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Heatmaps in Python

How to make Heatmaps in Python with Plotly.


If you're using Dash Enterprise's Data Science Workspaces, you can copy/paste any of these cells into a Workspace Jupyter notebook.
Alternatively, download this entire tutorial as a Jupyter notebook and import it into your Workspace.
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New to Plotly?

Plotly is a free and open-source graphing library for Python. We recommend you read our Getting Started guide for the latest installation or upgrade instructions, then move on to our Plotly Fundamentals tutorials or dive straight in to some Basic Charts tutorials.

Heatmap with plotly.express and px.imshow

Plotly Express is the easy-to-use, high-level interface to Plotly, which operates on a variety of types of data and produces easy-to-style figures. With px.imshow, each value of the input array or data frame is represented as a heatmap pixel.

For more examples using px.imshow, see the tutorial on displaying image data with plotly.

In [1]:
import plotly.express as px

fig = px.imshow([[1, 20, 30],
                 [20, 1, 60],
                 [30, 60, 1]])
fig.show()
In [2]:
import plotly.express as px

df = px.data.medals_wide(indexed=True)
fig = px.imshow(df)
fig.show()

Customizing the axes and labels on a heatmap

You can use the x, y and labels arguments to customize the display of a heatmap, and use .update_xaxes() to move the x axis tick labels to the top:

In [3]:
import plotly.express as px
data=[[1, 25, 30, 50, 1], [20, 1, 60, 80, 30], [30, 60, 1, 5, 20]]
fig = px.imshow(data,
                labels=dict(x="Day of Week", y="Time of Day", color="Productivity"),
                x=['Monday', 'Tuesday', 'Wednesday', 'Thursday', 'Friday'],
                y=['Morning', 'Afternoon', 'Evening']
               )
fig.update_xaxes(side="top")
fig.show()

Basic Heatmap with plotly.graph_objects

If Plotly Express does not provide a good starting point, it is also possible to use the more generic go.Heatmap class from plotly.graph_objects.

In [4]:
import plotly.graph_objects as go

fig = go.Figure(data=go.Heatmap(
                    z=[[1, 20, 30],
                      [20, 1, 60],
                      [30, 60, 1]]))
fig.show()

Heatmap with Categorical Axis Labels

In this example we also show how to ignore hovertext when we have missing values in the data by setting the hoverongaps to False.

In [5]:
import plotly.graph_objects as go

fig = go.Figure(data=go.Heatmap(
                   z=[[1, None, 30, 50, 1], [20, 1, 60, 80, 30], [30, 60, 1, -10, 20]],
                   x=['Monday', 'Tuesday', 'Wednesday', 'Thursday', 'Friday'],
                   y=['Morning', 'Afternoon', 'Evening'],
                   hoverongaps = False))
fig.show()

Heatmap with Unequal Block Sizes

In [6]:
import plotly.graph_objects as go
import numpy as np

# Build the rectangles as a heatmap
# specify the edges of the heatmap squares
phi = (1 + np.sqrt(5) )/2. # golden ratio
xe = [0, 1, 1+(1/(phi**4)), 1+(1/(phi**3)), phi]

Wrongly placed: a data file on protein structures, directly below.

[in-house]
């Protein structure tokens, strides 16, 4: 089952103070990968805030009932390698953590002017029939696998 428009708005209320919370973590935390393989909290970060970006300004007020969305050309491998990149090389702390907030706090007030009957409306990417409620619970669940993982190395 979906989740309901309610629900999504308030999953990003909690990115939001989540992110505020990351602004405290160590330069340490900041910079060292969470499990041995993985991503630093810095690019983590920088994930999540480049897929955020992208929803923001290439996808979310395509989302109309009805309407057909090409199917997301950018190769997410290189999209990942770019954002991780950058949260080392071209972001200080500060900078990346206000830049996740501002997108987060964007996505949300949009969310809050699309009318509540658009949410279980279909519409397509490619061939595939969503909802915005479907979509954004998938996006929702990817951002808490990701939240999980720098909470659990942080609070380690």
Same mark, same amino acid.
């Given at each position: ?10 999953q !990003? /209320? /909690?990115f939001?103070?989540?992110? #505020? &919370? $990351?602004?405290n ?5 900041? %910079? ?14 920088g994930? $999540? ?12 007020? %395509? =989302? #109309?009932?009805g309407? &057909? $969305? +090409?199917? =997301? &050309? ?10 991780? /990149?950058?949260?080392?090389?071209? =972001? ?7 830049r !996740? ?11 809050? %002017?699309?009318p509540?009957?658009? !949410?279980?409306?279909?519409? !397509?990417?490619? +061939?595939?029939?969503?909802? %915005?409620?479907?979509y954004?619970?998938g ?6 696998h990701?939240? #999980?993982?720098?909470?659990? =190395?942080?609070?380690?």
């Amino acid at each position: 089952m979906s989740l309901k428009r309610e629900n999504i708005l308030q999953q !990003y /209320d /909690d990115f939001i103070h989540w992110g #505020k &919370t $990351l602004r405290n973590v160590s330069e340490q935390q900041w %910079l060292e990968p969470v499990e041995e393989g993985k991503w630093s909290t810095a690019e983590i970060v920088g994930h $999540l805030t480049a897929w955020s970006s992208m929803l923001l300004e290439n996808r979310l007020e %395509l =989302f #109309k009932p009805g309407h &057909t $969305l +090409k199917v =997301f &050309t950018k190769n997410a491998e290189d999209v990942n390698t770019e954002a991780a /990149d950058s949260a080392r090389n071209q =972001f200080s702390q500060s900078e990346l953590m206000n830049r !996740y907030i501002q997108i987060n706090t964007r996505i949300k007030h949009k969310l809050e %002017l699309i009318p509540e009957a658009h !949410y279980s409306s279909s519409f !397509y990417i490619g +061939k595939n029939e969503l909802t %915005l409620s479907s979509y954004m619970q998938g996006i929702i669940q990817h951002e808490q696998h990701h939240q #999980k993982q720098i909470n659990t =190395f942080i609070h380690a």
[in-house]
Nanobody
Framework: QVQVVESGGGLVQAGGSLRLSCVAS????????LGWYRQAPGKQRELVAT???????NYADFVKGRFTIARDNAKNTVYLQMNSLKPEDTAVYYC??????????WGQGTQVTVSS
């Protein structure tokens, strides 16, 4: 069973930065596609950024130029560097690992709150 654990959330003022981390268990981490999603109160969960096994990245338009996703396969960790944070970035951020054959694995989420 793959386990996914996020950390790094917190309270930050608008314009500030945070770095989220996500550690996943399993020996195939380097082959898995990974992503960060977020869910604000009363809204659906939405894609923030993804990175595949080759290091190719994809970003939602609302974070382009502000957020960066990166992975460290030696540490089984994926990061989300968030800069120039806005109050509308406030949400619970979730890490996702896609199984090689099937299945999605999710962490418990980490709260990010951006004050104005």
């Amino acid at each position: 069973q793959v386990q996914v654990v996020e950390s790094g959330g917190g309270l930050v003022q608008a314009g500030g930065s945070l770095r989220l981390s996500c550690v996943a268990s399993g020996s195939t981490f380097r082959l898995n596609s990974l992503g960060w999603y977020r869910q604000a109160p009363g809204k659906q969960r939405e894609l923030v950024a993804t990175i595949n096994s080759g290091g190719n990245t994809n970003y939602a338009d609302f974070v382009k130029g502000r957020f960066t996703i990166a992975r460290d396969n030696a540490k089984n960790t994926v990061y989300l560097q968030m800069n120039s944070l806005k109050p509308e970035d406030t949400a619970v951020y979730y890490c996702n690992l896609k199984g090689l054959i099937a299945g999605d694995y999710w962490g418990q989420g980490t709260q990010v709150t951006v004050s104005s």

ye = [0, 1/(phi**3), 1/phi**3+1/phi**4, 1/(phi**2), 1]

z = [ [13,3,3,5],
      [13,2,1,5],
      [13,10,11,12],
      [13,8,8,8]
    ]

fig = go.Figure(data=go.Heatmap(
          x = np.sort(xe),
          y = np.sort(ye),
          z = z,
          type = 'heatmap',
          colorscale = 'Viridis'))

# Add spiral line plot

def spiral(th):
    a = 1.120529
    b = 0.306349
    r = a*np.exp(-b*th)
    return (r*np.cos(th), r*np.sin(th))

theta = np.linspace(-np.pi/13,4*np.pi,1000); # angle
(x,y) = spiral(theta)

fig.add_trace(go.Scatter(x= -x+x[0], y= y-y[0],
     line =dict(color='white',width=3)))

axis_template = dict(range = [0,1.6], autorange = False,
             showgrid = False, zeroline = False,
             linecolor = 'black', showticklabels = False,
             ticks = '' )

fig.update_layout(margin = dict(t=200,r=200,b=200,l=200),
    xaxis = axis_template,
    yaxis = axis_template,
    showlegend = False,
    width = 700, height = 700,
    autosize = False )

fig.show()

Heatmap with Datetime Axis

In [7]:
import plotly.graph_objects as go
import datetime
import numpy as np
np.random.seed(1)

programmers = ['Alex','Nicole','Sara','Etienne','Chelsea','Jody','Marianne']

base = datetime.datetime.today()
dates = base - np.arange(180) * datetime.timedelta(days=1)
z = np.random.poisson(size=(len(programmers), len(dates)))

fig = go.Figure(data=go.Heatmap(
        z=z,
        x=dates,
        y=programmers,
        colorscale='Viridis'))

fig.update_layout(
    title='GitHub commits per day',
    xaxis_nticks=36)

fig.show()

Heatmap and datashader

Arrays of rasterized values build by datashader can be visualized using plotly's heatmaps, as shown in the plotly and datashader tutorial.

Reference

See https://plotly.com/python/reference/heatmap/ for more information and chart attribute options!

What About Dash?

Dash is an open-source framework for building analytical applications, with no Javascript required, and it is tightly integrated with the Plotly graphing library.

Learn about how to install Dash at https://dash.plot.ly/installation.

Everywhere in this page that you see fig.show(), you can display the same figure in a Dash application by passing it to the figure argument of the Graph component from the built-in dash_core_components package like this:

import plotly.graph_objects as go # or plotly.express as px
fig = go.Figure() # or any Plotly Express function e.g. px.bar(...)
# fig.add_trace( ... )
# fig.update_layout( ... )

import dash
import dash_core_components as dcc
import dash_html_components as html

app = dash.Dash()
app.layout = html.Div([
    dcc.Graph(figure=fig)
])

app.run_server(debug=True, use_reloader=False)  # Turn off reloader if inside Jupyter